Over a century ago, musician Abdul Karim Khan migrated from Kairana to Dharwad in Karnataka to establish the Kirana Gharana as a musical ideology that presumably forms the ‘line of actual control’ between Carnatic music and Hindustani classical.
What followed was a movement that revolutionised Indian music as we know it.
Today, a list released by a 78-year-old local BJP MP has brought another instance of migration from the same town in Uttar Pradesh. But this, in utter contrast, has struck a decidedly discordant note among the people of the state in the run-up to the upcoming state assembly polls.
The legislator, Hukum Singh, produced a list of over 350 “Hindu” families who left the town allegedly under threat from Muslim gangs. The comparison, quite obviously, was to the infamous exodus of Pandit families from Kashmir in the 1990s.
The district administration’s door-to-door campaign may have punched a sizeable hole in Singh’s list, but it can’t be denied that the gangs of Kairana – headed by two Muslims – are a dreaded reality. The controversy has highlighted the law-and-order crisis in Uttar Pradesh, touched up with a slight shade of communal colour.
At the centre of the controversy is Mukeem Kala, accused of killing two businessmen whose families figure in Singh’s complaint. By the time the gangster was nabbed in connection with the robbery of a Tanishq jewellery showroom in Saharanpur on October 19, 2015, he was already facing 14 murder cases. He is accused of killing 11 Muslims and three Hindus.
Kala was initially jailed in Muzaffarnagar jail, but when he began acquiring a cult following among the residents of nearby Jaanpura – his native village – the authorities shifted him and 24 accomplices to Maharajganj jail. Another reason for his prison transfer was extortion calls allegedly made on his behalf to businessmen in Kairana – one of which was traced to Muzaffarnagar jail.
Kala entered the world of crime in 2010 by joining the gang of Mustafa from Gangoh, Saharanpur. His first crime – a robbery at Panipat in Haryana – helped him become one of the gang leader’s most trusted lieutenants.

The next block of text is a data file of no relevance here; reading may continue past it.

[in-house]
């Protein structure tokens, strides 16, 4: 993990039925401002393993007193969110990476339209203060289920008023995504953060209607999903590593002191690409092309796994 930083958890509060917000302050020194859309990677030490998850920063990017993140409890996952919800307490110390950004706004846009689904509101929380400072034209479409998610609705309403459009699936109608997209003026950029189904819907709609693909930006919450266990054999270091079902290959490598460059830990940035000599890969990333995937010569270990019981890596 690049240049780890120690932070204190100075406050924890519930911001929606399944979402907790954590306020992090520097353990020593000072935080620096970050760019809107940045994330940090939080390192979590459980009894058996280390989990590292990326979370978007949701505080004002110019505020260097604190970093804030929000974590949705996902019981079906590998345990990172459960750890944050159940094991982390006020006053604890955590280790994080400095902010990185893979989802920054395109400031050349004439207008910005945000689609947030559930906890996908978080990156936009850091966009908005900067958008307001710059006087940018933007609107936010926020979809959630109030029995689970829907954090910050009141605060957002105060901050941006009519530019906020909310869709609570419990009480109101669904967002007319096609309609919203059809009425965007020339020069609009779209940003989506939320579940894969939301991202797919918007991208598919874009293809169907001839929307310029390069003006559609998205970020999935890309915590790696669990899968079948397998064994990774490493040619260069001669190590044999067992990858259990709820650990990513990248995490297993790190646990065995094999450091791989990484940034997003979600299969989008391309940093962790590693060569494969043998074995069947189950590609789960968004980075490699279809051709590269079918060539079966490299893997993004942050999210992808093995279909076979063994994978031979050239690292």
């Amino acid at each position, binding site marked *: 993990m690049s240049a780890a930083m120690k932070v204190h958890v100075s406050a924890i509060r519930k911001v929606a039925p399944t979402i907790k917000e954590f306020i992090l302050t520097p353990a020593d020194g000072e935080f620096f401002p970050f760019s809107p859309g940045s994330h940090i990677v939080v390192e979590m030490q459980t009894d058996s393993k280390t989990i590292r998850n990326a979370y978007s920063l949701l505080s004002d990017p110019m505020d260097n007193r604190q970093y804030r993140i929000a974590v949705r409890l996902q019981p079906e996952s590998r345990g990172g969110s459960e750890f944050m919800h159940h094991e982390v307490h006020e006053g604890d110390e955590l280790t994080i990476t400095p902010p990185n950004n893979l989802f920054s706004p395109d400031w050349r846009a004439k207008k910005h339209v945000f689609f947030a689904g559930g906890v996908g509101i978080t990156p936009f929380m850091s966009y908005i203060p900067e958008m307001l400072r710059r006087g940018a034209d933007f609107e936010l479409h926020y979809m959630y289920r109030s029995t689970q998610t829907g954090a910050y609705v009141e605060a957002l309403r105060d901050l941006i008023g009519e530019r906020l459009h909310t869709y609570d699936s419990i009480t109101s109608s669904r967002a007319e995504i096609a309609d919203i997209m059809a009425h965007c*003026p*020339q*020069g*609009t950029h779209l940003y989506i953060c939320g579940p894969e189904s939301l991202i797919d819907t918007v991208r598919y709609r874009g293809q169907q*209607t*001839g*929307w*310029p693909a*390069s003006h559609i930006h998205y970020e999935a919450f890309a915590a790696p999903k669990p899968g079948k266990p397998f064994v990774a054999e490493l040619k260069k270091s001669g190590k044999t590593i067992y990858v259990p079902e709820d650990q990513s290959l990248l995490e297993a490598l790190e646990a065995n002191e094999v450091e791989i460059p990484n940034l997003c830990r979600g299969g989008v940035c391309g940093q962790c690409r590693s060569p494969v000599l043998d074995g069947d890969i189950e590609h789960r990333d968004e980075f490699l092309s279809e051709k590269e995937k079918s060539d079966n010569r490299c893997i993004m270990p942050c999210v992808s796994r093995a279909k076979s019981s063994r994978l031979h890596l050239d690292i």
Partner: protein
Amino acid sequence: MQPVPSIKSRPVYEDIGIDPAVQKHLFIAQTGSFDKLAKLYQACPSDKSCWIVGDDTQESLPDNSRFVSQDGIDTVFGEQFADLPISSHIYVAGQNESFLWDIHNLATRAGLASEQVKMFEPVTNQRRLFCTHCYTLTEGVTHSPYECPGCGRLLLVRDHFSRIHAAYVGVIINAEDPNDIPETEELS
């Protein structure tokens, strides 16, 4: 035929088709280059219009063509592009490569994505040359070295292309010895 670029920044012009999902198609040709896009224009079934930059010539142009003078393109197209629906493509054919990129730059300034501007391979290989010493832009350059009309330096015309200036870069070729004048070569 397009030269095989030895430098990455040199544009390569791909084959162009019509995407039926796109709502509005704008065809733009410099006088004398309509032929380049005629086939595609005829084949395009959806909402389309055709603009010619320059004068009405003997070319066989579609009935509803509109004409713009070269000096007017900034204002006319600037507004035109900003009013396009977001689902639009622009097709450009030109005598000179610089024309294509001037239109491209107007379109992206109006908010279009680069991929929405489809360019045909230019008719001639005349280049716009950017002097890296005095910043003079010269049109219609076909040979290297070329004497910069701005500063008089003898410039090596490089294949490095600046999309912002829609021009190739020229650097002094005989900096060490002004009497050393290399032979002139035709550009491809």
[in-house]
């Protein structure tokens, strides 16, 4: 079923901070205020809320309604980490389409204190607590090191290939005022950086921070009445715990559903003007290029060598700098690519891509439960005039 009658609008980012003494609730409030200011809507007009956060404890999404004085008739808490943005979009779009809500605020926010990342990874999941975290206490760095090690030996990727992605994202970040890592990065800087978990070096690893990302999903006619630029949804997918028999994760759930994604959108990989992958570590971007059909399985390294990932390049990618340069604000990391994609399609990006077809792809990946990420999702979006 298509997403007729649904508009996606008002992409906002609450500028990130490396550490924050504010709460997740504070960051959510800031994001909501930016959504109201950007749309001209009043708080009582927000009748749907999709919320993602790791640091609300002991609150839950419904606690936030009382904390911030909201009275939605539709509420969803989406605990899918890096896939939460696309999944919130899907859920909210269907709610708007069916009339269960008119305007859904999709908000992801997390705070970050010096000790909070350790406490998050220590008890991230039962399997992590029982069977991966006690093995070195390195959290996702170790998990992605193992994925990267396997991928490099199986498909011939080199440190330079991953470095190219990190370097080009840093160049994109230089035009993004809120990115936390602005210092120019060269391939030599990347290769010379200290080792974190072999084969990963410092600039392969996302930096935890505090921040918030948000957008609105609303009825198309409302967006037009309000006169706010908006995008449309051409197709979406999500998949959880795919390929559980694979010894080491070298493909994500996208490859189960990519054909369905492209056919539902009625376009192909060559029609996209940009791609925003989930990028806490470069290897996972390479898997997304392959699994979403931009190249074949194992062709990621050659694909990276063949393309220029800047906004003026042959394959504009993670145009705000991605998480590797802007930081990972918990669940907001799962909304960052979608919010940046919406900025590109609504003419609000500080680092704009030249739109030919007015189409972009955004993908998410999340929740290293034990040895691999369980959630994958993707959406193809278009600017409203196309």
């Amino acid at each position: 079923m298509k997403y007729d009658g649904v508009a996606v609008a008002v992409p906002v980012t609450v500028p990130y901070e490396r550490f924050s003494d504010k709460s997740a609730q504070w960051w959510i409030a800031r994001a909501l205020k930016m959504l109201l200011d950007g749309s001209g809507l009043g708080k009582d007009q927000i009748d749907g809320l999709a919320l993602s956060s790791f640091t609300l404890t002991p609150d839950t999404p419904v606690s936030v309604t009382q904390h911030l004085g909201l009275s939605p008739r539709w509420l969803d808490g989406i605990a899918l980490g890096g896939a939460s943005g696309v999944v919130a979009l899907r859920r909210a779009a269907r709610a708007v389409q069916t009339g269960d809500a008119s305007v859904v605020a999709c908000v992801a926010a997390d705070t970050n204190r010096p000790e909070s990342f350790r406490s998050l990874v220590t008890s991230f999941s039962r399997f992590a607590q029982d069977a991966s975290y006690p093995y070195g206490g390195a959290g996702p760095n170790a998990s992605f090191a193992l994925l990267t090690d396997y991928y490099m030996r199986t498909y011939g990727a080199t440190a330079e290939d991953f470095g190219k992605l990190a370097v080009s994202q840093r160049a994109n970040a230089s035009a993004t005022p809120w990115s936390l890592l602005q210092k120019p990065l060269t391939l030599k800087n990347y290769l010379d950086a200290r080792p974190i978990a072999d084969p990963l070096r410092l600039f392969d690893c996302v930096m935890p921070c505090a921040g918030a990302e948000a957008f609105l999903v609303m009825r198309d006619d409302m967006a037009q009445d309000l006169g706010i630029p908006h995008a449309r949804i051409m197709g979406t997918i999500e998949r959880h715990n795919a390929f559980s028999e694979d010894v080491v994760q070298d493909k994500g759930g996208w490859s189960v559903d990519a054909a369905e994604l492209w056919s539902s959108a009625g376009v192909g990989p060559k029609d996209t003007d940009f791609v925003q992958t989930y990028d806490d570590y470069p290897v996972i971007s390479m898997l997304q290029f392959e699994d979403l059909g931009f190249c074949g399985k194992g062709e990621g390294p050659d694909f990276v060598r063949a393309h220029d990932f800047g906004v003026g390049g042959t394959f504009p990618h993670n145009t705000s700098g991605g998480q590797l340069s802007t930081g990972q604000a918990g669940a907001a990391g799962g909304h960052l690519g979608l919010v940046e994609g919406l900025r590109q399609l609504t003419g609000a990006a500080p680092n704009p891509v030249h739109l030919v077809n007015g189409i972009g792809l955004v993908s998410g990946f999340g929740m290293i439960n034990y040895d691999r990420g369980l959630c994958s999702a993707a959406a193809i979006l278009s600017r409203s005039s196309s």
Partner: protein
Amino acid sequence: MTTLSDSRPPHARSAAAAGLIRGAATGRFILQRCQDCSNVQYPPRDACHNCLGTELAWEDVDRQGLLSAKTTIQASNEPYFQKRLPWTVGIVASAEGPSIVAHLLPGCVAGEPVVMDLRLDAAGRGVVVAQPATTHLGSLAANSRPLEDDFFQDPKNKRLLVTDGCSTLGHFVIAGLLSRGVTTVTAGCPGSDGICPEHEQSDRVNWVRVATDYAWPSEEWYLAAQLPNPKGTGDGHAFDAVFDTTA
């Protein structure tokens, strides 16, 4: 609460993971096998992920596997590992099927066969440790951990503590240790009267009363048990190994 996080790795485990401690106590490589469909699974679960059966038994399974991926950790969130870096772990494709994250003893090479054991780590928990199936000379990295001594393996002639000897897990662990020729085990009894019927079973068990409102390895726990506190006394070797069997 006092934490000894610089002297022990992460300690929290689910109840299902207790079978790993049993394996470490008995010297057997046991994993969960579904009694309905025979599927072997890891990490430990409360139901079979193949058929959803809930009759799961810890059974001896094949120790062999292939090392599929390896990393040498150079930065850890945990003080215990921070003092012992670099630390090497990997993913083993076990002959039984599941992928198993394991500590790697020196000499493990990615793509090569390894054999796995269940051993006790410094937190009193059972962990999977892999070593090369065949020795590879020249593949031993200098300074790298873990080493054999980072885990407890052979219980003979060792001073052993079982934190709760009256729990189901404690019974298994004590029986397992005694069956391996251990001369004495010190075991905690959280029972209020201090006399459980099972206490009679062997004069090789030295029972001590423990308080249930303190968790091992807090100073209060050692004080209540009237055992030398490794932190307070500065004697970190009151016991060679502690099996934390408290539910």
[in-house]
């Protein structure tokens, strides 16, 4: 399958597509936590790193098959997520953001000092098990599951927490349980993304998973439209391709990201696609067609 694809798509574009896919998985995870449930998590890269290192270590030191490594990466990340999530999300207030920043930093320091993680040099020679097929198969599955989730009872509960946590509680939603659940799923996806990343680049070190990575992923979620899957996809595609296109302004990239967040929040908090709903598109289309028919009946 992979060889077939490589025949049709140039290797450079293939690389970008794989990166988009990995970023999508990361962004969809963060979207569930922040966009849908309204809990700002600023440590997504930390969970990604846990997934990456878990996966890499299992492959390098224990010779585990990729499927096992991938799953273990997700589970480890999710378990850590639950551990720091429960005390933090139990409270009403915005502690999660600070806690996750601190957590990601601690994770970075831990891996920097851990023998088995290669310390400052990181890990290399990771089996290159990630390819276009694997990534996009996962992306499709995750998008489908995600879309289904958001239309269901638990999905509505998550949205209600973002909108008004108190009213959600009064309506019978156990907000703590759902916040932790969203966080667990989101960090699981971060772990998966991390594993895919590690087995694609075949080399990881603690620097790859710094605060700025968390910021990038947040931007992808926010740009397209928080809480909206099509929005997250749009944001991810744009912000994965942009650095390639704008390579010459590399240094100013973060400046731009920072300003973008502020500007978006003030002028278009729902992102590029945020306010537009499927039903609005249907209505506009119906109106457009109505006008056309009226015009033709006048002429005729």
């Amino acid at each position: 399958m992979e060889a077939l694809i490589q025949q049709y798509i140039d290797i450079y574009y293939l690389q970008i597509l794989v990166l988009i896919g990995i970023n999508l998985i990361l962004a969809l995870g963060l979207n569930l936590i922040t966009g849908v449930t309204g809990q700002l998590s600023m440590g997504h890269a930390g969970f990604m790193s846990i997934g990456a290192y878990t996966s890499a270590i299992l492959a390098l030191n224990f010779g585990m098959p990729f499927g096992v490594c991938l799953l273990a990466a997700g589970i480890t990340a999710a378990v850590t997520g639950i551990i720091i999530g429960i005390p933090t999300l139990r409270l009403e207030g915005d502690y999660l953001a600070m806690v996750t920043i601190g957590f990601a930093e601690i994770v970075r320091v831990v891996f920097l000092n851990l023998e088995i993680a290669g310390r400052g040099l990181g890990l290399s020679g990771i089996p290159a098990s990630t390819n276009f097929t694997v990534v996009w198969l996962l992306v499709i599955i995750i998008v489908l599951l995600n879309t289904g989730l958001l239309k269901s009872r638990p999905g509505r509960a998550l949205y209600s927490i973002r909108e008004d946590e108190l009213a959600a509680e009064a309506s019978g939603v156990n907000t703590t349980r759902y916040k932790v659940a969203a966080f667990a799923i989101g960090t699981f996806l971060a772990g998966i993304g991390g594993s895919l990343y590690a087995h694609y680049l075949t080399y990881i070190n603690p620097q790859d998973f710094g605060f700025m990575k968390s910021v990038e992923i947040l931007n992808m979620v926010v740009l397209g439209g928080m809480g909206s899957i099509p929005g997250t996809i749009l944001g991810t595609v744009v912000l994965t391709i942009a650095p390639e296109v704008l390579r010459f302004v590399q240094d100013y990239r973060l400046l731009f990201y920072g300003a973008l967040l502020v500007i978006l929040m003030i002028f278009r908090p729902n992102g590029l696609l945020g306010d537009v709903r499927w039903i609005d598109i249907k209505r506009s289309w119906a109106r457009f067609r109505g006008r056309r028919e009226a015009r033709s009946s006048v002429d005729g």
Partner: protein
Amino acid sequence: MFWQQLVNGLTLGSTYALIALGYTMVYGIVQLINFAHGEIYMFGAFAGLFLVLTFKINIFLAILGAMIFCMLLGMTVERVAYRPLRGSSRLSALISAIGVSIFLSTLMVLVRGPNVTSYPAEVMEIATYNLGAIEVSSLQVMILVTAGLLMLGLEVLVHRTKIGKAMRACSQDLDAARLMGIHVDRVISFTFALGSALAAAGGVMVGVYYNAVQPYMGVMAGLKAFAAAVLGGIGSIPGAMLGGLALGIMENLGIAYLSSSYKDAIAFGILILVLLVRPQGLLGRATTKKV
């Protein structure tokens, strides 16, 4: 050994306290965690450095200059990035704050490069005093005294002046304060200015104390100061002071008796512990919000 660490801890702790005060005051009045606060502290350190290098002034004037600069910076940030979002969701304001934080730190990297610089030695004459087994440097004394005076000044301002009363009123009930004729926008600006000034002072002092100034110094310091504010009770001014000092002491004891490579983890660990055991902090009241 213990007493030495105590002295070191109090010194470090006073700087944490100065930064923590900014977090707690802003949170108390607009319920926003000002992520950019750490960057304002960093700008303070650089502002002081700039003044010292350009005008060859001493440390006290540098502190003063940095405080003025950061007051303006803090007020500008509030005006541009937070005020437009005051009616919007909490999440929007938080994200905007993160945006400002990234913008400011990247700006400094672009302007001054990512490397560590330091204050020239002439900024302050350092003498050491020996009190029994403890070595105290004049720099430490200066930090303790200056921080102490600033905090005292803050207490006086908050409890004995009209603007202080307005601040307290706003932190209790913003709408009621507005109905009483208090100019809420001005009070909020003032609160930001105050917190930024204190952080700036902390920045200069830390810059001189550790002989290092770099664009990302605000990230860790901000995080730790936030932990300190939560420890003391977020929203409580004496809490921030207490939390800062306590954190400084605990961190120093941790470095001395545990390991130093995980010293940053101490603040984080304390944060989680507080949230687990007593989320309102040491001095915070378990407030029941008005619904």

In December 2011, Kala became the gang leader after Mustafa was killed in an encounter. Since then, over 30 cases of looting, robbery, murder and extortion have been registered against him across Kairana, Shamli, Dehradun, Panipat and Baghpat districts.
One of Kala’s gang members, Furkan, formed a splinter group in 2013. Both Kala and Furkan carried out three sensational killings in August 2014, cited by Singh to illustrate the alleged threat posed by Muslims to Hindus.
This, however, is where the BJP MP goes mute.
The last census of Kairana put the population at 89,300, with 80.74% Muslims and 18.34% Hindus. The town has, till now, symbolised a melodic co-existence between the two communities. In the same month when the businessmen were killed, 200 to 300 Muslims volunteers helped Hindu Kawaria pilgrims in keeping with local tradition. After the third killing, the town locked itself down in protest for 12 days.
One of the factors that helps preserve the communal harmony in Kairana is the fact that a majority of both its Hindu and Muslim populations hail from the backward Gujjar community. This finds reflection in politics as well. Despite being a Muslim-dominated town, Kairana handed Singh – a Hindu Gujjar – four consecutive poll triumphs since 2014. His appointment as an MP in 2014 necessitated a bypoll that was won by Munawar Hasan, only the second Muslim to win the seat till then.
More significantly, Kairana remained unaffected when riots broke out in neighbouring Muzaffarnagar ahead of the 2014 Lok Sabha elections. The few Jat families in the town faced no threat, though the main aggressors in the communal riots hailed from their community.
However, as Kairana seems to have set the discourse as the state gears up for the upcoming polls, it remains to be seen whether the town will descend into violence in the months to come – or stick to its Kirana tradition of harmonious existence.